The only way to be sure is to measure. You can use an app such as Strava during the ride, then look at it's analysis later. It will show you how fast you were going at each point, and also gives an approximation of your power output. We don't know what algorithm or assumptions it uses to calculate the power, but since it uses just one algorithm you can ...


14

This is a special device that gathers the following data, according to this article: the stage winner’s top speed, average speed and time per kilometer the fastest riders up key climbs the speed of the winner at the finish line the top speed achieved by a rider on the day average speed across all riders


14

If you have set of identical riders, and one rider puts a slower tyre on, they will lose if no-one gets a puncture (let's simplify and assume a time trial so we can ignore effects of the peloton). Anti-puncture tyres are slower as seen in R. Chung's answer. Of course for a real race of merely very similar riders who may be having good or bad days, it's not ...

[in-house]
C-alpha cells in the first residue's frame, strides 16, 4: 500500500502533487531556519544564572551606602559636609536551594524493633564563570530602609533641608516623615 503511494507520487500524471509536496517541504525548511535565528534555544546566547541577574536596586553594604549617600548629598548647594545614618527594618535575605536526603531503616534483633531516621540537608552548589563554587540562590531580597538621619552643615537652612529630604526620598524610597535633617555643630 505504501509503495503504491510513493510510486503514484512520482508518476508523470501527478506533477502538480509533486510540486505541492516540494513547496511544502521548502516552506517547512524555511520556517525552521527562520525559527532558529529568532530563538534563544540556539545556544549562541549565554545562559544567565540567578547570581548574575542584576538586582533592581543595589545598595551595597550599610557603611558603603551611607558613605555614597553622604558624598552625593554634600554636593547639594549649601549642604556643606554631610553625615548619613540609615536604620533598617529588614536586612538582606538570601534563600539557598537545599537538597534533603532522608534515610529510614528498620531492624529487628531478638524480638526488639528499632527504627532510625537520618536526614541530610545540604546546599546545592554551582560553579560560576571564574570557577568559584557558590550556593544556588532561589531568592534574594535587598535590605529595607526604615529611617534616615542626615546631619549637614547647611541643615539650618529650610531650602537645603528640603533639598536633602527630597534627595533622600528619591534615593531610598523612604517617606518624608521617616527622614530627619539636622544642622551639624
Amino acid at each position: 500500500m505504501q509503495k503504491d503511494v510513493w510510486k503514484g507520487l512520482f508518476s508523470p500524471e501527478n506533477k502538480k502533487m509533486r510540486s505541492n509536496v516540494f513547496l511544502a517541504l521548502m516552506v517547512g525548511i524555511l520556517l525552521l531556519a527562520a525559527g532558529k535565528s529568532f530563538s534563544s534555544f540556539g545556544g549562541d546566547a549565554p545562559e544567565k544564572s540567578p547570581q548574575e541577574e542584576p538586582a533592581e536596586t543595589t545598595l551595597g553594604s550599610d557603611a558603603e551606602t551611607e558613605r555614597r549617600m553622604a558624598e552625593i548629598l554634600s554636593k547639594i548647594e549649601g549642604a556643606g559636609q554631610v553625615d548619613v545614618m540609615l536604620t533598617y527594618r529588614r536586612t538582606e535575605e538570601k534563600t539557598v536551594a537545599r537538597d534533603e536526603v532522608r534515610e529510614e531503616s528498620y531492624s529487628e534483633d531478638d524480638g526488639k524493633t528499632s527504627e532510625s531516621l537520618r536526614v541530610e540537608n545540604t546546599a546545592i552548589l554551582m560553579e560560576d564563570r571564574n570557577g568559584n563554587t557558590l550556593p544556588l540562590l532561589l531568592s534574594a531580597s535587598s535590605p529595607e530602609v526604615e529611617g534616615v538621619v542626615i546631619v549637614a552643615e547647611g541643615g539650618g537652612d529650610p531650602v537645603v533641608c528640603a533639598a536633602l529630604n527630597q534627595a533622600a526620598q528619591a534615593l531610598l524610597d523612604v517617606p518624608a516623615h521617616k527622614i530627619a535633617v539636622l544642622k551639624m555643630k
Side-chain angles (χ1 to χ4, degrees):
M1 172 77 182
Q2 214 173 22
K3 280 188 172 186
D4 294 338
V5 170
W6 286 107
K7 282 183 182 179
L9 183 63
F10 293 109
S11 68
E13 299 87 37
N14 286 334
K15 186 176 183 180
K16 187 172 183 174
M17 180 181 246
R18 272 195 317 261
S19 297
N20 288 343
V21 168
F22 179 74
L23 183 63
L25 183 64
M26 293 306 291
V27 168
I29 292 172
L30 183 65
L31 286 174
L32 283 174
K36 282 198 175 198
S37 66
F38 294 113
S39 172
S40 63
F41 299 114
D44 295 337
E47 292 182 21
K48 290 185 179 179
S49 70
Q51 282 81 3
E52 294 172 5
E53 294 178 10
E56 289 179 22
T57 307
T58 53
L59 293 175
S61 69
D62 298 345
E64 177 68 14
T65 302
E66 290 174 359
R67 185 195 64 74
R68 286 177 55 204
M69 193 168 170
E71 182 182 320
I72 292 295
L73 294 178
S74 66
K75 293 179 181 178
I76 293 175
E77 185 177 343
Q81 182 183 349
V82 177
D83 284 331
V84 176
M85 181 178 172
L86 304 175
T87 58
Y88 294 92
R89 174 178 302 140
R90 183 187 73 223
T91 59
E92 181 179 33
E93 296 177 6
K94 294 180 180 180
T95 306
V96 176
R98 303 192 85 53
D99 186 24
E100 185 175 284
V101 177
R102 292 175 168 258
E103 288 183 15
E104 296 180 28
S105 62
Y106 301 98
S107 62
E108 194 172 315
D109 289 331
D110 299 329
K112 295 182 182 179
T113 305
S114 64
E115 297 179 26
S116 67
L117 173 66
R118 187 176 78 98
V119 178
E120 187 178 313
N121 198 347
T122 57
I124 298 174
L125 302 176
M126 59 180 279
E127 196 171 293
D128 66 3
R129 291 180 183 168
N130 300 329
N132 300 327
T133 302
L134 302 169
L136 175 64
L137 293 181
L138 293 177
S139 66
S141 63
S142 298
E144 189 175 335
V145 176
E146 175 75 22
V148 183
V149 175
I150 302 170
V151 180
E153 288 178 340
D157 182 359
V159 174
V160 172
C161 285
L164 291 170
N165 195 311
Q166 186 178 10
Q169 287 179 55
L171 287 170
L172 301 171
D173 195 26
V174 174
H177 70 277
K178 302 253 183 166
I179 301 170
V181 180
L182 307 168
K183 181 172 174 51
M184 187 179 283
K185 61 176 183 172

13

Each type of racing is able to take advantage of certain team dynamics, and a few things are common across all disciplines. Specifics: DH/Super D: Downhill "teams" are more associated by sponsors and bikes than by riding together during a race. Since each run is done one at a time there's no drafting or anything like that. However, during track walks and ...


13